Right now, I'm sitting at the Future of Jewish Nonprofit Summit in NYC, where giving, charity, and money have been the major topics of conversation. The fellow who opened the day's events, Charles Best of DonorsChoose.org, really paved the way for me to rethink how I view giving and charity, and for that I'm super thankful. In fact, I added a link on the right-hand sidebar to GO to DonorsChoose.org. And? I donated some money to a single effort that I'll mention in a few. All you have to do is go there, find any random or specific project looking for some funds, and give something, anything. One dollar will get a classroom far, believe it or not, and if a lot of people donate a lot of dollars, then bam -- you'll have a classroom with a bunch of awesome supplies like protractors and pencils and calculators and ... books. Yes. Books. Some people need something as simple as books.
In 2009, more than $300 billion were given charitably.*
Seventy-five percent of that? From individuals.
A corporate giving list can be found at goodness500.org.
You can actually go to DonorsChoose.org and type in the keyword for any cause you fight for on a regular basis, any cause you donate to. Best used the example of a guy who is big on salmon in the Northwest. So Best told him to go to DonorsChoose and search "salmon." Bam. There were projects at schools all over that needed some type of donation tied in with salmon. Yoga? There are a lot of those, too. I looked up journalism, and there are a ton of projects looking for simple goods for journalism goodness. Holocaust your thing? There are a bucketload of projects looking for help in funding for supplies for Holocaust projects.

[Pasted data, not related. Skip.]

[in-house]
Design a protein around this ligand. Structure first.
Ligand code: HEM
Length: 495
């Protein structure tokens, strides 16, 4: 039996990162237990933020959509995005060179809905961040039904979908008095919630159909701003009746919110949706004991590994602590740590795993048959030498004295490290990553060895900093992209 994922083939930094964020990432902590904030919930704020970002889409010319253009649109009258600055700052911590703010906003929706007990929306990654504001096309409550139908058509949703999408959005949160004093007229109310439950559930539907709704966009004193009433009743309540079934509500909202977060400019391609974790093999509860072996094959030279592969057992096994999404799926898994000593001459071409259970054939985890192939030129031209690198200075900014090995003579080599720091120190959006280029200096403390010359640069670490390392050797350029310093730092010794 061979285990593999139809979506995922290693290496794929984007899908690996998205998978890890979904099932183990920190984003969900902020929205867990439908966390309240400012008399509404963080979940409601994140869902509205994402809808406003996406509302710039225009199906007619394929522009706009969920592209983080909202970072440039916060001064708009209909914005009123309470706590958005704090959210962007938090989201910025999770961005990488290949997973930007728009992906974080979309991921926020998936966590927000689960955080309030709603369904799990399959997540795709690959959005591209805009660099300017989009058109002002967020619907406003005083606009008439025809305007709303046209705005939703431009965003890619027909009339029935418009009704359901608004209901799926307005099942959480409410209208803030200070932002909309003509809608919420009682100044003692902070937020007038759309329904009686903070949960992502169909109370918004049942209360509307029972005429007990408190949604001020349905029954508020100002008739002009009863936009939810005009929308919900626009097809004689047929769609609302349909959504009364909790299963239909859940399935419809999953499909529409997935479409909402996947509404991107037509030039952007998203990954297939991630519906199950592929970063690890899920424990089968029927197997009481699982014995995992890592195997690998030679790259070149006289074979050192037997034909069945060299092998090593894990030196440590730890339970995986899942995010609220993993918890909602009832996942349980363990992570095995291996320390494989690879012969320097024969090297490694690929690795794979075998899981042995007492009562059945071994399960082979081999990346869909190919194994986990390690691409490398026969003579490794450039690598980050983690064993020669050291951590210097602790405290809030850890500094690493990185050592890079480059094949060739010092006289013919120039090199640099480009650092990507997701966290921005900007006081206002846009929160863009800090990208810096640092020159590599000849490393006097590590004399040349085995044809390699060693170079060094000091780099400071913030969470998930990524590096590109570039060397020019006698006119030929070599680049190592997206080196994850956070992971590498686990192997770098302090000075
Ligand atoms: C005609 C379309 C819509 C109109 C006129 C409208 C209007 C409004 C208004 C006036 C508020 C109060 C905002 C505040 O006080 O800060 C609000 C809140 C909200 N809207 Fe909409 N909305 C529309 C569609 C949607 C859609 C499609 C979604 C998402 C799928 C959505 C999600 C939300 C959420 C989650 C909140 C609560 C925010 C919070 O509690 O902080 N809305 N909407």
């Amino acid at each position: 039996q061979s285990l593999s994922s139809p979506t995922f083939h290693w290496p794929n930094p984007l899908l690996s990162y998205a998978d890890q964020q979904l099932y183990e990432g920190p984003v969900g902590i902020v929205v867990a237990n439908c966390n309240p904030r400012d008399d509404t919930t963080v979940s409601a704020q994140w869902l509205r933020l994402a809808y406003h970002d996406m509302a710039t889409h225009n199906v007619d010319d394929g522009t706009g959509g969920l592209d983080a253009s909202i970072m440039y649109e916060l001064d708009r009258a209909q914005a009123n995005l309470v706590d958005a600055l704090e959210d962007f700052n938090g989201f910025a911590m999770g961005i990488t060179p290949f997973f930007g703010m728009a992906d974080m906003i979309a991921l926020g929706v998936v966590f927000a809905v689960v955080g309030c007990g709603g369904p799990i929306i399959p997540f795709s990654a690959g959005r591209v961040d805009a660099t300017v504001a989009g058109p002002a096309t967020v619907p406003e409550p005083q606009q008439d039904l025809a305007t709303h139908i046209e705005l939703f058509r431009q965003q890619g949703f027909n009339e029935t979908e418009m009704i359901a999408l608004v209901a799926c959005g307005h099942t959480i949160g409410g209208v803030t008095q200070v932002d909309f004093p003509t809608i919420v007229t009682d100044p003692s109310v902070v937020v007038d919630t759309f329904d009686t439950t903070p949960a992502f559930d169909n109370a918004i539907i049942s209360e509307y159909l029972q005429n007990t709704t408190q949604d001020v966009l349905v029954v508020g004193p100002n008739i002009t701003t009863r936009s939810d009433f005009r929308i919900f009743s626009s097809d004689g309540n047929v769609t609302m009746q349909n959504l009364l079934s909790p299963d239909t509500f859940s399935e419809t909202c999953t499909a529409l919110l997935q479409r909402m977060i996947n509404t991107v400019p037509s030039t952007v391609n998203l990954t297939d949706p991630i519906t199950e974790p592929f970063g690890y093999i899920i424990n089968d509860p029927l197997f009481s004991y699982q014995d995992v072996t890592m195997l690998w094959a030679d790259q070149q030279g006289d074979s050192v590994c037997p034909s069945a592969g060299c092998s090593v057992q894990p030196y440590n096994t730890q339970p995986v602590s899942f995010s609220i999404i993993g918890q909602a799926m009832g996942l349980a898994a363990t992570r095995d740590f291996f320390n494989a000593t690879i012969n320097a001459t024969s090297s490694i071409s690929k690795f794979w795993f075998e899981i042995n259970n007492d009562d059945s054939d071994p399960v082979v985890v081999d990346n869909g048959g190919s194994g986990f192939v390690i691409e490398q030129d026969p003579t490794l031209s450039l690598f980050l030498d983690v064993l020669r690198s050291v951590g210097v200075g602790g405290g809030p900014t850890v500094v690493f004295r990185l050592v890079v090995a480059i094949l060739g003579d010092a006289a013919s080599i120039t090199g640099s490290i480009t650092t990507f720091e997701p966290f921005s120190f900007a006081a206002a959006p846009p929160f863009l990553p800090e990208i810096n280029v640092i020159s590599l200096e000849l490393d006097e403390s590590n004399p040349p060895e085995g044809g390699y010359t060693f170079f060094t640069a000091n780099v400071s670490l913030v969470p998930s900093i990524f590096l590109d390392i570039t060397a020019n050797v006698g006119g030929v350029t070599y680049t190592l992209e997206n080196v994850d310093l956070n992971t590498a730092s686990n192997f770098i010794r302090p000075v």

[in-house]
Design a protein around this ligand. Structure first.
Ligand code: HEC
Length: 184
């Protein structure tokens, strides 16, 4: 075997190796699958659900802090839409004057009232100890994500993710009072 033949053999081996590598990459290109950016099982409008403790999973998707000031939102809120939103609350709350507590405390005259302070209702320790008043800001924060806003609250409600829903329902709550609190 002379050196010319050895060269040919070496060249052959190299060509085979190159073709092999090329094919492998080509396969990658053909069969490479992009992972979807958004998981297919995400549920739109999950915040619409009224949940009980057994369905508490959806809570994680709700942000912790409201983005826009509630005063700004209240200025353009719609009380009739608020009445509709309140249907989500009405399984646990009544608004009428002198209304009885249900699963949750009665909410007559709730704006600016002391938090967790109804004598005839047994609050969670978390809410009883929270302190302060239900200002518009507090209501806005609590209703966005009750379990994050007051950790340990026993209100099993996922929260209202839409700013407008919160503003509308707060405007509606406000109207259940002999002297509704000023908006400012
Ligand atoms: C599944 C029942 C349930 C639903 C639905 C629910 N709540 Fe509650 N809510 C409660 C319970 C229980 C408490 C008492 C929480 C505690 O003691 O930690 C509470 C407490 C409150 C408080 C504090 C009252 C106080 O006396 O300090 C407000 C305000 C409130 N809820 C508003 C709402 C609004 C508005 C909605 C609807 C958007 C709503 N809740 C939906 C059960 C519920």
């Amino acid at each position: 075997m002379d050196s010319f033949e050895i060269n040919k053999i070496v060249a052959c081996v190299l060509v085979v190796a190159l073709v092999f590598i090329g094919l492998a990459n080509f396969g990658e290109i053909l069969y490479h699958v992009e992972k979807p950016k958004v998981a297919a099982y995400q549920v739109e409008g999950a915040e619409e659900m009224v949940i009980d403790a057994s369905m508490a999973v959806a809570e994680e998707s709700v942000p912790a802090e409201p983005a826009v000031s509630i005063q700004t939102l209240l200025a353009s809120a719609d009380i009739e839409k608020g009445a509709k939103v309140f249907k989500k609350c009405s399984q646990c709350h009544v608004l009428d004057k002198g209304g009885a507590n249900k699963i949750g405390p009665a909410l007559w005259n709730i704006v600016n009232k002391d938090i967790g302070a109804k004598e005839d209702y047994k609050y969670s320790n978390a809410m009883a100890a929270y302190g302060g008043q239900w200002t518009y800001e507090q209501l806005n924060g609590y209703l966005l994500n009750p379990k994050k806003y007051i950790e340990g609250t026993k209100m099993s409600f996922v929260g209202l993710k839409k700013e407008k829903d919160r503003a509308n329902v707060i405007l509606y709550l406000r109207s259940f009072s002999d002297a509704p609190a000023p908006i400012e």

Basically, what I am saying is this: You got a cause you dig? You got an extra dollar in your pocket? Skip the latte tomorrow and donate it to a good cause. Let me get you started. An old college chum, Josh, is a Teach for America teacher in Kansas City, is looking for supplies for his math class. Simple stuff. Easy stuff. Just go there. (He needs $80, come on!)